Earth’s Arctic region has been the part of the planet where warmth has been most pronounced this year.
NOAA’s 2016 Artic Report Card, which the agency released earlier this month, indicated that the extent of summer sea ice in the region this year was tied with 2007 for the second-lowest since 1979 and that average surface air temperatures there in the year that ended on Sept. 30 were the highest since at least 1900.
The mean air temperature in the Arctic has warmed by 3.5 degrees Celsius (6.3 degrees Fahrenheit) since 1900, a pace that is twice as fast as that experienced by the rest of Earth.
The continental United States experienced warmer temperatures than normal for the first 11 months of this year from coast-to-coast and from northern border to southern border. This graphic, prepared by the National Centers for Environmental Information, shows that no region in the mainland U.S. experienced an average temperature that is lower than the mean of the past 122 years:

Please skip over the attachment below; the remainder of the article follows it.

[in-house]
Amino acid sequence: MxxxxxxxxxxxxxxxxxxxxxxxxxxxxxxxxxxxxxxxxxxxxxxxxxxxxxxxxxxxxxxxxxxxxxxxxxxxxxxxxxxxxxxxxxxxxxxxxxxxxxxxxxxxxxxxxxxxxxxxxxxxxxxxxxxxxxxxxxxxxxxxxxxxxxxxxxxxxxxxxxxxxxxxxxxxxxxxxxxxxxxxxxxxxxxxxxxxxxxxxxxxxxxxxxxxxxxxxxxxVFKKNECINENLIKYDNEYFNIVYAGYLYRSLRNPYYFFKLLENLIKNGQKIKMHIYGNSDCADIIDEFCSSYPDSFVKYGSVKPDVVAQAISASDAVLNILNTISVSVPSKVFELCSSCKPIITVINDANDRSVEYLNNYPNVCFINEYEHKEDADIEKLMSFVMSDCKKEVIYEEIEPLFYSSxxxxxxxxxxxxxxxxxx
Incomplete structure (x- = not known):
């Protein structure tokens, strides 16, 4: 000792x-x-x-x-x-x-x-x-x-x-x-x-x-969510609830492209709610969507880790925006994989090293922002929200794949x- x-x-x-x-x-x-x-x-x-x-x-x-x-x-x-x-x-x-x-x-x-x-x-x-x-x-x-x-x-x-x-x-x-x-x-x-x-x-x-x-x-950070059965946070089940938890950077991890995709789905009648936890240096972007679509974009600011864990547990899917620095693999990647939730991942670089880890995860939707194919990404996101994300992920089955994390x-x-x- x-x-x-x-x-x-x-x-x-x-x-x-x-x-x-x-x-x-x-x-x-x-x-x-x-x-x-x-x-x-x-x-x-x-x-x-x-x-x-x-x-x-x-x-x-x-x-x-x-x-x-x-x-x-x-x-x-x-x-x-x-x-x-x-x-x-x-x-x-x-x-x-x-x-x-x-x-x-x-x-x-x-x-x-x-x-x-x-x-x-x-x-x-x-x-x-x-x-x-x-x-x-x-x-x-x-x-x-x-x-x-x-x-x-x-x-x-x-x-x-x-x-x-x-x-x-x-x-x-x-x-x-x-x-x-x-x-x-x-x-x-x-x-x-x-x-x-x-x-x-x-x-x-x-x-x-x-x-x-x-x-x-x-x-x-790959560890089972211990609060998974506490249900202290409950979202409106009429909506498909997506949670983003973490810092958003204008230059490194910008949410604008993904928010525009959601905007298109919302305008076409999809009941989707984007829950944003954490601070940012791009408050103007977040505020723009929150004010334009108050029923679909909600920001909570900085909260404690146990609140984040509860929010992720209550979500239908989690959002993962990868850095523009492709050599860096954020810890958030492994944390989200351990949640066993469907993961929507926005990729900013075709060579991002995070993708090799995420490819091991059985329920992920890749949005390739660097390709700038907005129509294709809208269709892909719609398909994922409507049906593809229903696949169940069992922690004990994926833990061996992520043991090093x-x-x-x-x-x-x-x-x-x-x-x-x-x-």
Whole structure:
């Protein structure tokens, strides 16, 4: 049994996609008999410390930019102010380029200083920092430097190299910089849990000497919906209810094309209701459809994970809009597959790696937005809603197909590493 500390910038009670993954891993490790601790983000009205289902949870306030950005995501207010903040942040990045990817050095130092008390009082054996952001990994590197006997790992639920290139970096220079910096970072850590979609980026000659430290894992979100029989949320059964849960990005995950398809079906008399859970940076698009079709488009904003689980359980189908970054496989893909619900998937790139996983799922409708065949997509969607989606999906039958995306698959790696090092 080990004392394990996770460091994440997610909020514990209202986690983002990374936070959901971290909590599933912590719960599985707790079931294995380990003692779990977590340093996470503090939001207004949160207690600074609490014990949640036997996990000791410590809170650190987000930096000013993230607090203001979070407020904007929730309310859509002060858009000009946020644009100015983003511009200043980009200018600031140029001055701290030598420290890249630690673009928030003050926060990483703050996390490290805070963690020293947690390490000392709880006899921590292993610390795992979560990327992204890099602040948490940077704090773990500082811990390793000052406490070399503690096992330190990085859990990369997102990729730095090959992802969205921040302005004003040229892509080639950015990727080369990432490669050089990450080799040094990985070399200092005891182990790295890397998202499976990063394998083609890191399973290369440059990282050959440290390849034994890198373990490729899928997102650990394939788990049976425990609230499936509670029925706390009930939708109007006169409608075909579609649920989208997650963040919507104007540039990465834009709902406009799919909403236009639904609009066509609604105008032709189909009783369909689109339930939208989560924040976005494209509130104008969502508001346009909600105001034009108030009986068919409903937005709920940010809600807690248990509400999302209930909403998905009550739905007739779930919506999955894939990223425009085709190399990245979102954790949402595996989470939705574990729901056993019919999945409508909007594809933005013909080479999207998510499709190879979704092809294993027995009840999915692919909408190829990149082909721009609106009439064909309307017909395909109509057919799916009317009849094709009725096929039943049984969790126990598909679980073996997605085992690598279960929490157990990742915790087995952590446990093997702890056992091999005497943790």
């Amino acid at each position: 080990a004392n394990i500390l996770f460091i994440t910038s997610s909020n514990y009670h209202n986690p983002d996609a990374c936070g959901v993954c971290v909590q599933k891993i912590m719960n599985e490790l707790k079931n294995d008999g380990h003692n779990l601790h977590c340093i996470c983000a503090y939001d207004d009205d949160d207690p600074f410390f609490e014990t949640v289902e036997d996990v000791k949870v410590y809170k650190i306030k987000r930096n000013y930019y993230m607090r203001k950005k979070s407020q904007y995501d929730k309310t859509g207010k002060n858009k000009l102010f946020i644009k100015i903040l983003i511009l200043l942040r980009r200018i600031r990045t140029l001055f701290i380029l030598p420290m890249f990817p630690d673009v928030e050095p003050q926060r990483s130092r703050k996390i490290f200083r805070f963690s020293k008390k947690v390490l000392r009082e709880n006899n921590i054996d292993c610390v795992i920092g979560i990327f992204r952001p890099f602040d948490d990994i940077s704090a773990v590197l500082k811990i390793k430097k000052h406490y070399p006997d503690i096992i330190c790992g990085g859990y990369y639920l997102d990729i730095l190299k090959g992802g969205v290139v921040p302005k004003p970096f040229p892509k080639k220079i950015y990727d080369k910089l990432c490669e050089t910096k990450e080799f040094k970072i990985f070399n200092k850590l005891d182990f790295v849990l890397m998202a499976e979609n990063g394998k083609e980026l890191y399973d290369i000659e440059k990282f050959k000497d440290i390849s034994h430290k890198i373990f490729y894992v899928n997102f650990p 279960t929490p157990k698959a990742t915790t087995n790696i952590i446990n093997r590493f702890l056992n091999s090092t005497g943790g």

August 2016 was the warmest month in recorded history, tying July 2016 for that distinction.
NASA said Monday that the mean worldwide temperature during August was 0.16 degrees Celsius hotter than the previous record-setting August and 0.98 degrees Celsius hotter than the average August between 1951-1980.
According to analysis completed by the agency’s Goddard Institute for Space Studies, August 2016 was the eleventh month in a row to reach a new high for that month’s average worldwide temperature.